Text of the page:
With a stunning coastline of almost 3,000 miles, Chile definitely has a beach to suit every taste. There are beaches for checking out tidal pools, like Isla Negra, and for big wave surfing like Pichilemu, a couple of hours south west of Santiago, and of course, beaches for rock-scrambling, wading, long walks at sunset, and even the occasional chungungo (marine otter) sighting. The last one I saw in Maitencillo, on an early morning walk.
But if I had to pick just one beach, from the north, center and south of Chile’s extraordinarily long coastline, for long days at the beach, azure waters and sheer entertainment, I know which ones are my favorites, starting from the south.
Peru receives international acclaim for its man-made mysteries – primarily Machu Picchu and the Nazca Lines – but perhaps one of its equally alluring destinations wasn’t manufactured by hand.
Peru’s beaches stretch more than 1,400 miles (2,250 km) down a sprawling coastline that kisses the Pacific Ocean. At nearly double the length of California’s famous seaside, Peru offers travelers a varied experience – from luxurious resorts to surfing Meccas to playful penguins.
Photo: Ana Carina Lauriano
It’s no short order to escape the tourists in Rio de Janeiro. The city easily finds itself near the top of almost everyone’s to-visit list. And as one of the most beautiful and exotic urban landscapes on the planet, rightfully so. According to figures from Brazil’s Ministry of Tourism, over 9.2 million tourists disembarked in Brazil in 2012 – and almost every single one planted their toes into Rio’s remarkable city sands.
The allure of the Cidade Maravilhosa is, in fact, too powerful to ignore for some, who find themselves back on their favorite air travel search site a few months down the line, frantically playing with dates and routes to find the most economic way in which they can return to lap up even more sun, sand and samba. Those folks have already visited Rio’s 5-star attractions – Christ the Redeemer, Pão de Açúcar, Copacobana, Ipanema, Santa Teresa etc. – and are looking to escape fellow nomads and go a little more local. The good news is it’s not an impossible wish, but you’ll need to be committed to the effort. Here are a few places in Brazil’s most visited city where you can (maybe!) escape most fellow foreigners …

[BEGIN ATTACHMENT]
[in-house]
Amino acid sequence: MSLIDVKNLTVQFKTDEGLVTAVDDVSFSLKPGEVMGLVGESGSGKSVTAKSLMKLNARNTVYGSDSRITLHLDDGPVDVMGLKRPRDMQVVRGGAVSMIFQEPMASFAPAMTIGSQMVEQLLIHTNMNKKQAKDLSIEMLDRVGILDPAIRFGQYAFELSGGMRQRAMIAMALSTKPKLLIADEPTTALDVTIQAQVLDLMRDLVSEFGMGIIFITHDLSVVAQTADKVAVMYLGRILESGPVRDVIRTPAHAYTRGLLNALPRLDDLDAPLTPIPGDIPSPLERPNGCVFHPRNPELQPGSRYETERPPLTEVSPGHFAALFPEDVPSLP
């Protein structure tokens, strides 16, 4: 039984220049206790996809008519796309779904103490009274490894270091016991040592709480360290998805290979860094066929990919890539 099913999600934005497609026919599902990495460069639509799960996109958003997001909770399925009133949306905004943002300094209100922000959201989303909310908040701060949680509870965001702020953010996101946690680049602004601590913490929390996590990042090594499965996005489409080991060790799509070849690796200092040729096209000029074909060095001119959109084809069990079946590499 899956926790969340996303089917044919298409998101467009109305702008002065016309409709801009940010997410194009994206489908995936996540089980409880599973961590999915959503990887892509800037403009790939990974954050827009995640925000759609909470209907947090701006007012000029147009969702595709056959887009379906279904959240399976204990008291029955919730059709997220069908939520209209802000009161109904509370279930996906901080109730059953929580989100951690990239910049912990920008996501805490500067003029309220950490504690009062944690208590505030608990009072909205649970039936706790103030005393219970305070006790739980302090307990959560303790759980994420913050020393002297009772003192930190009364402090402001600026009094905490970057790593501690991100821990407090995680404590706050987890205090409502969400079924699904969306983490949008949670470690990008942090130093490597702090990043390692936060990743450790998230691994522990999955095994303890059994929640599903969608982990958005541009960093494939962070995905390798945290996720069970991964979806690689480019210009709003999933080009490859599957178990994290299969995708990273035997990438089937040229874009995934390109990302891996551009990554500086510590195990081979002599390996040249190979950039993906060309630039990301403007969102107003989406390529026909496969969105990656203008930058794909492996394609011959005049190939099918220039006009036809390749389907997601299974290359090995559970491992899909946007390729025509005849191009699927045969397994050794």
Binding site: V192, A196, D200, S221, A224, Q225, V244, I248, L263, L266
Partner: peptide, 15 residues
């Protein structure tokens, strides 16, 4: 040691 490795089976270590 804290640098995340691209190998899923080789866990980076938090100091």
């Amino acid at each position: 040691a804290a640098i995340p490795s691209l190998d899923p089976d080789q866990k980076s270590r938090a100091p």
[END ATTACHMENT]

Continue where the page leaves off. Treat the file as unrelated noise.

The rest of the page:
It came as a surprise to many – including your Brazil expert – when Florianópolis was recently chosen by readers of Condé Nast Traveler as the Friendliest City in the World, beating out the likes of Hobart, Australia; Thimpu, Bhutan; Queenstown, New Zealand and Charleston, South Carolina on its way to its poll-topping performance.
I have never been to Hobart, Thimpu or Charleston (though I did jump out of a plane in Queenstown once), but I have been to Florianópolis, the jewel of the Brazilian South, on more than a few occasions.
Photo: Andres Moschini
As spring transitions into summer in Buenos Aires you can still enjoy the rainbow-hued rose gardens of Parque Tres de Febrero and the purple blossoms of the jacaranda trees along Avenida Independencia.
Signs of the city’s scorching summer are starting to arrive. Last week in Buenos Aires, temperatures rocketed up to 86 F (about 30°C). That’s causing many Buenos Aires locals, or porteños (as residents of this port city are known), to start daydreaming about escaping the city heat to the beach.
Photo: Geoff Gallice
Peru is considered one of the most- biodiverse countries in the world with some unbeatable records such as number one in diversity of butterflies and number two on birds species. If you are a nature lover, Peru offers not only lively culture but unique experiences in diverse ecosytems.
There is only one thing Ecuadorians have on their mind in the month of August–the beach. This is the month when the people of the sierra (highlands) head for the coast. And it is undoubtedly Ecuador’s most under-appreciated destination by international tourists. Everyone comes for the Galapagos and the jungle while skipping one third of the country’s richest tourism destinations.